Conservative media outlets including The Weekly Standard, The Daily Caller, The Blaze, Breitbart.com, and the Drudge Report have claimed that Michelle Obama broke the rules by joining audience applause at one point during the debate. Fox Radio's Todd Starnes went so far as to call Michelle Obama unbecoming. These attacks come despite the fact that Mitt Romney repeatedly violated the debate rules.
Prior to the debate, the campaigns agreed to a rule stating that "the candidates may not ask each other direct questions during any of the four debates."
Nevertheless, Romney repeatedly asked Obama questions during the debate on a variety of subjects including oil drilling, the investments in Obama's pension, and the attack on the U.S. consulate in Benghazi, Libya.
All of which leads to the possibility that the conservative media is less concerned with the debate rules than they are with changing the subject from the substance of the debate.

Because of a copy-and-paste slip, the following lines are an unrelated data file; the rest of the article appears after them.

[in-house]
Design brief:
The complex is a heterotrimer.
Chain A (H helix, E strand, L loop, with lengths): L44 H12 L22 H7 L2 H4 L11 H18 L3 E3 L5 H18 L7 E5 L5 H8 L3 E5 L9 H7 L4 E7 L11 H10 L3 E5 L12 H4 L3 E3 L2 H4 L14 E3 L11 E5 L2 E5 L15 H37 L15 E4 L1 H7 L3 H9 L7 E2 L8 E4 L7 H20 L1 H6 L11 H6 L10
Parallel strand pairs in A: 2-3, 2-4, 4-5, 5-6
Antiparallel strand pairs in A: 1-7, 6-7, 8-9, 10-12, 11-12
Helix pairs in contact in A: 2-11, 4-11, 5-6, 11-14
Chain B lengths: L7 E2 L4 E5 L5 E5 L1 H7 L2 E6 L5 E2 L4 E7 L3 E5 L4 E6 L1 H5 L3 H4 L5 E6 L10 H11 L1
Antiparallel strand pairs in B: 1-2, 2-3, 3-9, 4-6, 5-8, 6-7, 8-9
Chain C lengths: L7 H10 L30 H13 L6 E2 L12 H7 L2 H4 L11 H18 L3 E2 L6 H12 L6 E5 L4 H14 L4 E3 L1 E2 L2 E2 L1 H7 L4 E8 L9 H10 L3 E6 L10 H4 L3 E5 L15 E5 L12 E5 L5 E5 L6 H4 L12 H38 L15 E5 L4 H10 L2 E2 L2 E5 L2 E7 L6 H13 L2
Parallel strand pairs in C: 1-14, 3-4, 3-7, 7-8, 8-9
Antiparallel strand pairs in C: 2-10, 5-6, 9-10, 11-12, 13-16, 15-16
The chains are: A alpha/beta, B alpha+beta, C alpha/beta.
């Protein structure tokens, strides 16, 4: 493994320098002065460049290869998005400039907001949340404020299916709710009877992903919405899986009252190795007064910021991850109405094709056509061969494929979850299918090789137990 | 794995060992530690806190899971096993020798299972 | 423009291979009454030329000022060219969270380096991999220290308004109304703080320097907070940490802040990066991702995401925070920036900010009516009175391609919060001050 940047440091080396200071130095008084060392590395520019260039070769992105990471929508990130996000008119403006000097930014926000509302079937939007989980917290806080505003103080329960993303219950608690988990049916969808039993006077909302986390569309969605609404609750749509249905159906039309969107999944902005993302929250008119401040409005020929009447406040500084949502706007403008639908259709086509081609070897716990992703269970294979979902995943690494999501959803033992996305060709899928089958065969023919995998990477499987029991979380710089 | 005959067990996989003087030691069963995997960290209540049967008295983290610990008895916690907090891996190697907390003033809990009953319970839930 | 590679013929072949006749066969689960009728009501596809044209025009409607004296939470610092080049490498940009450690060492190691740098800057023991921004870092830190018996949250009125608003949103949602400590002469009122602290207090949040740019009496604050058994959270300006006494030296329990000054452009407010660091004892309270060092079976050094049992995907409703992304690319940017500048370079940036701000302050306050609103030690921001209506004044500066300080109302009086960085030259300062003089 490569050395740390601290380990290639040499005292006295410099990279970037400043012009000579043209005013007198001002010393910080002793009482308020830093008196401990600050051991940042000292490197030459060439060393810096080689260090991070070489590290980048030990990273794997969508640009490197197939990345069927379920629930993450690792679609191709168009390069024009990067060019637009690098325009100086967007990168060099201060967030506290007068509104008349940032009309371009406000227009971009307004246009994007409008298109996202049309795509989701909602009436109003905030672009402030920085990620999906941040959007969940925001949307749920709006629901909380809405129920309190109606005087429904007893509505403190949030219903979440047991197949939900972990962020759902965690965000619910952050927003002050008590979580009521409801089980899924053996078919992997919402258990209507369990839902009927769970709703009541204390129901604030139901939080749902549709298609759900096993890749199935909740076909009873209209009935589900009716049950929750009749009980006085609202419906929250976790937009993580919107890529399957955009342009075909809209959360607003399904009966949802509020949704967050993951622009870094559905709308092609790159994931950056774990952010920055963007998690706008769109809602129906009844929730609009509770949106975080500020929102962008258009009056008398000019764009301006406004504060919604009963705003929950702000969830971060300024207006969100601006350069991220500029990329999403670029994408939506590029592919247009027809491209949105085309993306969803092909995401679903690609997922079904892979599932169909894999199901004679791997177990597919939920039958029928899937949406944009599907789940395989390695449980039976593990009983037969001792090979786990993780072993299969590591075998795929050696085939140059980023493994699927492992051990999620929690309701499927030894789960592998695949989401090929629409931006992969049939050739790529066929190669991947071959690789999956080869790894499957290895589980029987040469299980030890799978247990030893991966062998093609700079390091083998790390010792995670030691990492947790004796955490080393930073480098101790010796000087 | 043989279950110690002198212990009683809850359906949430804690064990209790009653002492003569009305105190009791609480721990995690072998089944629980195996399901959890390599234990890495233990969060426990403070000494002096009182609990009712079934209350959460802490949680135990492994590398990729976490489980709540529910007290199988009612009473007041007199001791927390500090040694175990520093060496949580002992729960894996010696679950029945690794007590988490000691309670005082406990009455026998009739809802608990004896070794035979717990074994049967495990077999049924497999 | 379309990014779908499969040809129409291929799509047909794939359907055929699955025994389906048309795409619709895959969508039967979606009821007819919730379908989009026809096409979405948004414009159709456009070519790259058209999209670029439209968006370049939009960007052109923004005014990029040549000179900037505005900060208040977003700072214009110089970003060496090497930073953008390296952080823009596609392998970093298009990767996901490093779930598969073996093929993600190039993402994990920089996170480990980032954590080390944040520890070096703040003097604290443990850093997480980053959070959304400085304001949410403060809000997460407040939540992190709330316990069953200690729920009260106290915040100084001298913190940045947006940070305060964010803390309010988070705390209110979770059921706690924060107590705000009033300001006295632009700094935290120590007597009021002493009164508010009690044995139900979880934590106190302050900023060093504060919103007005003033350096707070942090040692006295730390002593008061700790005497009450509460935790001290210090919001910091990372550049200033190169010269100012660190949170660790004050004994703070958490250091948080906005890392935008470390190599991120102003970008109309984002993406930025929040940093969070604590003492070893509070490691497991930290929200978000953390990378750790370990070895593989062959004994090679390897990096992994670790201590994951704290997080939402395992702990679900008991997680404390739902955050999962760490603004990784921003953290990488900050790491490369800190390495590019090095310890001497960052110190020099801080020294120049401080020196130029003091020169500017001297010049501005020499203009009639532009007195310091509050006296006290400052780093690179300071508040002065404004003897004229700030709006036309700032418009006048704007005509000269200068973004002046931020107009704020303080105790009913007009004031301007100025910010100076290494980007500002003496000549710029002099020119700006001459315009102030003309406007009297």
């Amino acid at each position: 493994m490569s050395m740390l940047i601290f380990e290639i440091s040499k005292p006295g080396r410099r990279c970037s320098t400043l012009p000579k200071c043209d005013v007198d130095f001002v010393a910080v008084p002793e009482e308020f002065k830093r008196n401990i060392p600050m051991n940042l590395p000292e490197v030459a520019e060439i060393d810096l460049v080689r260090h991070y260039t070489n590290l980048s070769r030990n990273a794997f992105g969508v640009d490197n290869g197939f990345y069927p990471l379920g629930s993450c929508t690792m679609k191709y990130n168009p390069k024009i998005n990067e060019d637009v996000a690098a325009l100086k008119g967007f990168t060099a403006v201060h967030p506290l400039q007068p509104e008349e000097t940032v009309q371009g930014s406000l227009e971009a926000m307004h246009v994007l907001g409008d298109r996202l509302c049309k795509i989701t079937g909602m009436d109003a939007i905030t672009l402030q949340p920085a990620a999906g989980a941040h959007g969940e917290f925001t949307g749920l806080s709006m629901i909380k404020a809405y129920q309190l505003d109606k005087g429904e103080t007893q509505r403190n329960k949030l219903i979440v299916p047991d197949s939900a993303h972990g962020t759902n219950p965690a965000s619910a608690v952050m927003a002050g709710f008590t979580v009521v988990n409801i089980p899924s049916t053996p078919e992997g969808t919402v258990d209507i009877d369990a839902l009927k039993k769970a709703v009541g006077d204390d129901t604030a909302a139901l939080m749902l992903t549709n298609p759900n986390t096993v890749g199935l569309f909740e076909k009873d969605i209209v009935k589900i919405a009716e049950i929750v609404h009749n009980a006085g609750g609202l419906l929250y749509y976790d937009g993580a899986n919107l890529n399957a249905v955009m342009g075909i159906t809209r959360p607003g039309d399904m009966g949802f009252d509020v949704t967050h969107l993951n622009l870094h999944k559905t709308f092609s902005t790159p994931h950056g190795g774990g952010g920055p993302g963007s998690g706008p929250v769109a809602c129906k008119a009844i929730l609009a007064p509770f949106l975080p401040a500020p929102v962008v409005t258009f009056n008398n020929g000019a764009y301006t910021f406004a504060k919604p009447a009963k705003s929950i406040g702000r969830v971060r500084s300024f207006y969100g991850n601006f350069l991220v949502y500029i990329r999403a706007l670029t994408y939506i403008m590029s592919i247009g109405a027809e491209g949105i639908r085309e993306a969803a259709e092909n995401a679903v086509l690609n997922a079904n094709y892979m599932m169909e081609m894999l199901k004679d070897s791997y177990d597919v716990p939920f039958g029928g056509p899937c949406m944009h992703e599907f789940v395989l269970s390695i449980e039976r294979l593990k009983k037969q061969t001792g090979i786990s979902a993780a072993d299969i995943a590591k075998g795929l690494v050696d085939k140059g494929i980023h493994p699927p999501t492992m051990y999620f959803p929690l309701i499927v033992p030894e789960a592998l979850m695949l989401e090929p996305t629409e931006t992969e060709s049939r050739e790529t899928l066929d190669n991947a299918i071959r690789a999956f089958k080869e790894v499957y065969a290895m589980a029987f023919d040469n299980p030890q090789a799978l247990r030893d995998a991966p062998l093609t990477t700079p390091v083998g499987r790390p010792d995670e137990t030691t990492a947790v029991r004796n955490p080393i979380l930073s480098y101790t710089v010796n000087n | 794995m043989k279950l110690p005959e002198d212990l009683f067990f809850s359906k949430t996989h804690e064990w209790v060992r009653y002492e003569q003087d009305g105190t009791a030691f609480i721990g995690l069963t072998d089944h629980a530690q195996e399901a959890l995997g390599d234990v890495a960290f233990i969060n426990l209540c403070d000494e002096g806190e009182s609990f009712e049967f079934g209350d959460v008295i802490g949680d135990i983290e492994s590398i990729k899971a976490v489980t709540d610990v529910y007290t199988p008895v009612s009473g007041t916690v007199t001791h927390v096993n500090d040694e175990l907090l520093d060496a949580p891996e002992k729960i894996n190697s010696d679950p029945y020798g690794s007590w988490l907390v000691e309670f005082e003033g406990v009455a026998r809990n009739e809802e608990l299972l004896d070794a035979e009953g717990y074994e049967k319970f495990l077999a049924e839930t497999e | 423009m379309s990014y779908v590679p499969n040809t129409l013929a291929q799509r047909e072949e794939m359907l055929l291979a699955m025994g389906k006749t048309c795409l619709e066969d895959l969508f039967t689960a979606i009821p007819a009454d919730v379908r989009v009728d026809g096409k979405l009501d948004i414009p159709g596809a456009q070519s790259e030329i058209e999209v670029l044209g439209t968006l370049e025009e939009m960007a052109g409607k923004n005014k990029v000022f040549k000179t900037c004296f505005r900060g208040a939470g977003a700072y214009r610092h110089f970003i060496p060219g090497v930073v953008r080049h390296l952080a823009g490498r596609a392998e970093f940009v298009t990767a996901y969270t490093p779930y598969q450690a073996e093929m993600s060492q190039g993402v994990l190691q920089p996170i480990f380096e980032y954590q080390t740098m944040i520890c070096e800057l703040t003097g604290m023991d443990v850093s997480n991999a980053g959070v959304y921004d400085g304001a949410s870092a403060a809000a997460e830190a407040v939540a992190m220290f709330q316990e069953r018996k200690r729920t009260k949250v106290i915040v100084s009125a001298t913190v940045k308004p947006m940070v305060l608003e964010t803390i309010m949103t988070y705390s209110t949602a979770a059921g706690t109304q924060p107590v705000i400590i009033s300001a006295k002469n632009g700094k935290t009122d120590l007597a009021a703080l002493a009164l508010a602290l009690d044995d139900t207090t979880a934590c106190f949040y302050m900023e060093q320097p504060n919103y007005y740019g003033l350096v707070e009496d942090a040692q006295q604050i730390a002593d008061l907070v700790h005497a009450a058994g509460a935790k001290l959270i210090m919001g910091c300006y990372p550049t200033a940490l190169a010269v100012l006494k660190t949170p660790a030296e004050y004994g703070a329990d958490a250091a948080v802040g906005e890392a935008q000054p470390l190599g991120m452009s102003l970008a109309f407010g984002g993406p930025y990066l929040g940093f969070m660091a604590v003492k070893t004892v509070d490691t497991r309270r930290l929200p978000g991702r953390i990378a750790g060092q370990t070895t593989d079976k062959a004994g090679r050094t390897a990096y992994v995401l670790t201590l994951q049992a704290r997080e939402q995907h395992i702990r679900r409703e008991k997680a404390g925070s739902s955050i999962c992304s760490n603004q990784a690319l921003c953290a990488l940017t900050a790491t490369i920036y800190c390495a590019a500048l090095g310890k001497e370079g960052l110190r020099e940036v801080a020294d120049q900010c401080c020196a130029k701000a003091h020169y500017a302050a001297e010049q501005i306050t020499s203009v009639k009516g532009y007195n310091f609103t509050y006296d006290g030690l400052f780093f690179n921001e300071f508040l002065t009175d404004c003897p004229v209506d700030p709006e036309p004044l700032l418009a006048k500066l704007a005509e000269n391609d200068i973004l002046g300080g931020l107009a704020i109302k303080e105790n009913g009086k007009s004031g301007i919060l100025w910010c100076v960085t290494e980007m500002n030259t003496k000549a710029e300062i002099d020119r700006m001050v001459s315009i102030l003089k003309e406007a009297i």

CNN's Candy Crowley is debunking a claim pushed by the right-wing media that she walked back a fact check of Mitt Romney's remarks about the attack in Libya during the second presidential debate.
During the debate, Romney expressed disbelief that President Obama referred to the September 11 attack on the U.S. Consulate in Benghazi as an "act of terror" the day after the attack occurred. Crowley noted that the president did in fact use those words, and she has consistently made that same point since the debate.
Here's the exchange at the debate:
ROMNEY: I -- I think interesting the president just said something which -- which is that on the day after the attack he went into the Rose Garden and said that this was an act of terror.
OBAMA: That's what I said.
ROMNEY: You said in the Rose Garden the day after the attack, it was an act of terror.
It was not a spontaneous demonstration, is that what you're saying?
OBAMA: Please proceed governor.
ROMNEY: I want to make sure we get that for the record because it took the president 14 days before he called the attack in Benghazi an act of terror.
OBAMA: Get the transcript.
CROWLEY: It -- it -- it -- he did in fact, sir. So let me -- let me call it an act of terror...
OBAMA: Can you say that a little louder, Candy?
CROWLEY: He -- he did call it an act of terror. It did as well take -- it did as well take two weeks or so for the whole idea there being a riot out there about this tape to come out. You are correct about that.